A Case of Hyperammonemic Encephalopathy After 11 Years of Valproate Therapy

Journal of Clinical Psychopharmacology (Impact Factor: 3.24). 07/2008; 28(3):361-2. DOI: 10.1097/JCP.0b013e31817275b6
Source: PubMed
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    • "No formal protocol exists for managing these clinical situations, but it is consensual that the first procedure must be the discontinuation of VPA. Usually the pharmacological treatment applied is the same as for hepatic encephalopathy , combined with drugs that may interact with the mechanism of action of VPA (L-carnitine) (Carr & Sherwsbury 2007; Stewart 2008). Nonabsorbable disaccharides are considered the standard of care for hepatic encephalopathy and include lactitol and lactulose, the latter being the most frequently used (Cash et al. 2010; Naranjo et al. 1981). "
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    ABSTRACT: A patient with an early diagnosed epilepsy Valproic acid is one of the most widely used antiepileptic drugs. Hyperammonemic encephalopathy is a rare, but potentially fatal, adverse drug reaction to valproic acid. A patient with an early diagnosed epilepsy, treated with valproic acid, experienced an altered mental state after 10 days of treatment. Valproic acid serum levels were within limits, hepatic function tests were normal but ammonia levels were above the normal range. Valproic acid was stopped and the hyperammonemic encephalopathy was treated with lactulose 15 ml twice daily, metronidazole 250 mg four times daily and L-carnitine 1 g twice daily. Monitoring liver function and ammonia levels should be recommended in patients taking valproic acid. The constraints of the pharmaceutical market had to be taken into consideration and limited the pharmacological options for this patient's treatment. Idiosyncratic symptomatic hyperammonemic encephalopathy is completely reversible, but can induce coma and even death, if not timely detected. Clinical pharmacists can help detecting adverse drug reactions and provide evidence based information for the treatment.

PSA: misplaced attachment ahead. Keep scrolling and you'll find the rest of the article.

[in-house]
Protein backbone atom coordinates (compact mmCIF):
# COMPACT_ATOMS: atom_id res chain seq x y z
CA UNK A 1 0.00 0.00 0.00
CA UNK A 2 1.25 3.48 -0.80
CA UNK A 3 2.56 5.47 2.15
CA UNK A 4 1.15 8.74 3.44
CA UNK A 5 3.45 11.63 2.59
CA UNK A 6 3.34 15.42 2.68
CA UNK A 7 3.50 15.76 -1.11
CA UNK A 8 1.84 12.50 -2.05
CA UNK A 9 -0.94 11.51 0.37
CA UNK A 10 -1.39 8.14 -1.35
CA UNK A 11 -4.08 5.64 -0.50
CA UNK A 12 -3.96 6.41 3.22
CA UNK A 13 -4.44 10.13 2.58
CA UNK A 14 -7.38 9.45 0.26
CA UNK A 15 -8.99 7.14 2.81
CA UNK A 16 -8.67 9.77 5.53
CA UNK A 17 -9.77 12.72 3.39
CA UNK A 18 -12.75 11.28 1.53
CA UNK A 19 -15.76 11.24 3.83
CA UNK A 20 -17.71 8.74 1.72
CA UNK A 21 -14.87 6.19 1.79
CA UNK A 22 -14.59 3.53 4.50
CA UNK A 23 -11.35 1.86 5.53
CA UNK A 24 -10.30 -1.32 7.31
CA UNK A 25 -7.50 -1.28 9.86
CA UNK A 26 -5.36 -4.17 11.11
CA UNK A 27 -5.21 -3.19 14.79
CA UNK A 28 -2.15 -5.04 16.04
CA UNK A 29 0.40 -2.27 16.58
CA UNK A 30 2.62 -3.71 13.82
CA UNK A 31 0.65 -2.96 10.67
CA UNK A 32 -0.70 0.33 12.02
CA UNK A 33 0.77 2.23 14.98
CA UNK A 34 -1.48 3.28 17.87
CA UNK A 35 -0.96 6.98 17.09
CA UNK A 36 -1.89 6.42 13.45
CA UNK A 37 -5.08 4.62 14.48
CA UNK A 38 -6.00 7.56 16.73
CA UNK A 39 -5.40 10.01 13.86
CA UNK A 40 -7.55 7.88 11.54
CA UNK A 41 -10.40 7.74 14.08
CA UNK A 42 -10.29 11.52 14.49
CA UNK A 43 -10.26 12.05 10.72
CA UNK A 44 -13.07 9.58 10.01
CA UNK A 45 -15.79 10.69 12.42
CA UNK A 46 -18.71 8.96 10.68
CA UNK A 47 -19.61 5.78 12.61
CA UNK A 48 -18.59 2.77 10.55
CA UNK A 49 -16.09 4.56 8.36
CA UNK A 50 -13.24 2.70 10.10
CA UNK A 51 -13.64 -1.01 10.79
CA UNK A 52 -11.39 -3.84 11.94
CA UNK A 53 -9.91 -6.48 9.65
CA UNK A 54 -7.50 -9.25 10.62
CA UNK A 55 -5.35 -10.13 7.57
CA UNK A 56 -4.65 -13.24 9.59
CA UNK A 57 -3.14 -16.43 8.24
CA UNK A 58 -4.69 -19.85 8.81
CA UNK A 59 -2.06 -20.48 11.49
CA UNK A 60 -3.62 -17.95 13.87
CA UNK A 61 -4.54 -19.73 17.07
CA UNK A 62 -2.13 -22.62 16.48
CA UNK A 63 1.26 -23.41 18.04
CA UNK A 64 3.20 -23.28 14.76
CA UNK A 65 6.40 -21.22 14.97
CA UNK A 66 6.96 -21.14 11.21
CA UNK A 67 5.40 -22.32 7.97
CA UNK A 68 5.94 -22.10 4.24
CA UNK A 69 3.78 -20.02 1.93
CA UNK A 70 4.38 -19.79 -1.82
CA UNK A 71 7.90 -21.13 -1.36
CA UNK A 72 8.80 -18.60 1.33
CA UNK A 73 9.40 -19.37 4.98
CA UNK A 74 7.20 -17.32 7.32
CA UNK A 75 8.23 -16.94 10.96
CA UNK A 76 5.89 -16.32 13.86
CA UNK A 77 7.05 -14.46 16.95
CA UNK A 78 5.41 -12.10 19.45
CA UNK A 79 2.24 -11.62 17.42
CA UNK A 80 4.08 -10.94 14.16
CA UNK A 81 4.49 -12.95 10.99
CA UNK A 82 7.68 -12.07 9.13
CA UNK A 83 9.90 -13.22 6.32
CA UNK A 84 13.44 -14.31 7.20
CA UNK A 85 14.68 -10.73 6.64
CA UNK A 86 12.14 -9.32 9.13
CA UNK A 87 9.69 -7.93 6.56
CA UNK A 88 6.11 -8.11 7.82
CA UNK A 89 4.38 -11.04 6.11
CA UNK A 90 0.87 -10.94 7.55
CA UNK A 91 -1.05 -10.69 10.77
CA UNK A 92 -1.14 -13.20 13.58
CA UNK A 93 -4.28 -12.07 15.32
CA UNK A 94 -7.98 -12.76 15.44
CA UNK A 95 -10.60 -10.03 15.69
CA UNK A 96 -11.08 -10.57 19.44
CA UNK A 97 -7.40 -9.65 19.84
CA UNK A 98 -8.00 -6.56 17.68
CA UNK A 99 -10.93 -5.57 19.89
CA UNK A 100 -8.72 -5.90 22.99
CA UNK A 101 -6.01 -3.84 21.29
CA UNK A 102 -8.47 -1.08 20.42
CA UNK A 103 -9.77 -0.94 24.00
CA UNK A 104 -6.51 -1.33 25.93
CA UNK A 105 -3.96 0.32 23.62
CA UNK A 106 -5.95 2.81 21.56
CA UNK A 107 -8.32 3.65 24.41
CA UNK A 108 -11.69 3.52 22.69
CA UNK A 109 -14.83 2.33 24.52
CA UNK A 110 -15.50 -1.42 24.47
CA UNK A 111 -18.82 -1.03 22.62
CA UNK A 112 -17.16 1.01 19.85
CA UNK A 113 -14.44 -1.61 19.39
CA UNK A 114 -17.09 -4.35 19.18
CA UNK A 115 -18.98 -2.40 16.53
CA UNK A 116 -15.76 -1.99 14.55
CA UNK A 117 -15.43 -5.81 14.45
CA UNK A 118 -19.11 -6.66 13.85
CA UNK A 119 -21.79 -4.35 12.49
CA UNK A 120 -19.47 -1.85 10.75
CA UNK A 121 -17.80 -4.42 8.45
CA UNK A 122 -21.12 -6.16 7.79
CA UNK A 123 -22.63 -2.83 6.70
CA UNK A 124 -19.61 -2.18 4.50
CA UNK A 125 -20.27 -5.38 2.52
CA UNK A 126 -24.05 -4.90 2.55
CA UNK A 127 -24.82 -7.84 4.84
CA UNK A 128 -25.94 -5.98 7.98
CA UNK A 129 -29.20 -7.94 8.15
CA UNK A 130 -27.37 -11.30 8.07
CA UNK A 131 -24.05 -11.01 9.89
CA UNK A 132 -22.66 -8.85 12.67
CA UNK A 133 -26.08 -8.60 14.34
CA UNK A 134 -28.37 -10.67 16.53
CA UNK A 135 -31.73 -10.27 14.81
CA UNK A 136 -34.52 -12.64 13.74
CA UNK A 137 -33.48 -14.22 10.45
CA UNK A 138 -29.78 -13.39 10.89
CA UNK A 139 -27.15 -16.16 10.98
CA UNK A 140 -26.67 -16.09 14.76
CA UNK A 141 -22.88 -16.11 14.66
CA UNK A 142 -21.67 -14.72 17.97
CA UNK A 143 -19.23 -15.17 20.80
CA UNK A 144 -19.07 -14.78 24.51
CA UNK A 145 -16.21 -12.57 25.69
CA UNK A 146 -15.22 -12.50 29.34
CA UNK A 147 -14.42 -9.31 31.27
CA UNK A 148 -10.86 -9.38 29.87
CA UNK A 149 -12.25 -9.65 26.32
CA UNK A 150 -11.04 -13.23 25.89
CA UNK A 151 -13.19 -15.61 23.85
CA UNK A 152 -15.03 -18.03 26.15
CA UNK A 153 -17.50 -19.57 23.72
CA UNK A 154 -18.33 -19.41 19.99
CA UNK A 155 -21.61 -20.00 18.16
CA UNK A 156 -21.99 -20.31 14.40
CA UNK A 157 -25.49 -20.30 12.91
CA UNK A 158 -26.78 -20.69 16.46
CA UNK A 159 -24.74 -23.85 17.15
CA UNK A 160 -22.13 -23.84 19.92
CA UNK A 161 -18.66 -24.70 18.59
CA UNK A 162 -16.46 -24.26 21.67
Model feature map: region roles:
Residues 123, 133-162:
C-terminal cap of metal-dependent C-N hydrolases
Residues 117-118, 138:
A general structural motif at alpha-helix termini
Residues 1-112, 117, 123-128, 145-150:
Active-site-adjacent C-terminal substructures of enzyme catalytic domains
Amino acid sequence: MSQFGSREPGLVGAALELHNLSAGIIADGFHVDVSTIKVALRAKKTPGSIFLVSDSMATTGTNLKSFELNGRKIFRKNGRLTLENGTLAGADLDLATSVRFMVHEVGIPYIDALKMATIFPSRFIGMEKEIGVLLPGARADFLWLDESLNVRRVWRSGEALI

SpringerPlus 12/2013; 2(1):13. DOI:10.1186/2193-1801-2-13

  • Annales d Endocrinologie 10/2005; 66(5):440-440. DOI:10.1016/S0003-4266(05)81932-8 · 0.87 Impact Factor
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    ABSTRACT: Valproic acid and its derivatives are commonly used to treat many psychiatric conditions in the elderly. Hyperammonemia is a less common but important side effect of these drugs. The elderly patient appears highly vulnerable to this side effect of this group of medications. In this paper, we systematically review the published literature for hyperammonemia induced by valproic acid and its derivatives. We describe the three reported cases and review possible treatment strategies for this condition.
    Case Reports in Medicine 02/2009; 2009(1687-9627):802121. DOI:10.1155/2009/802121
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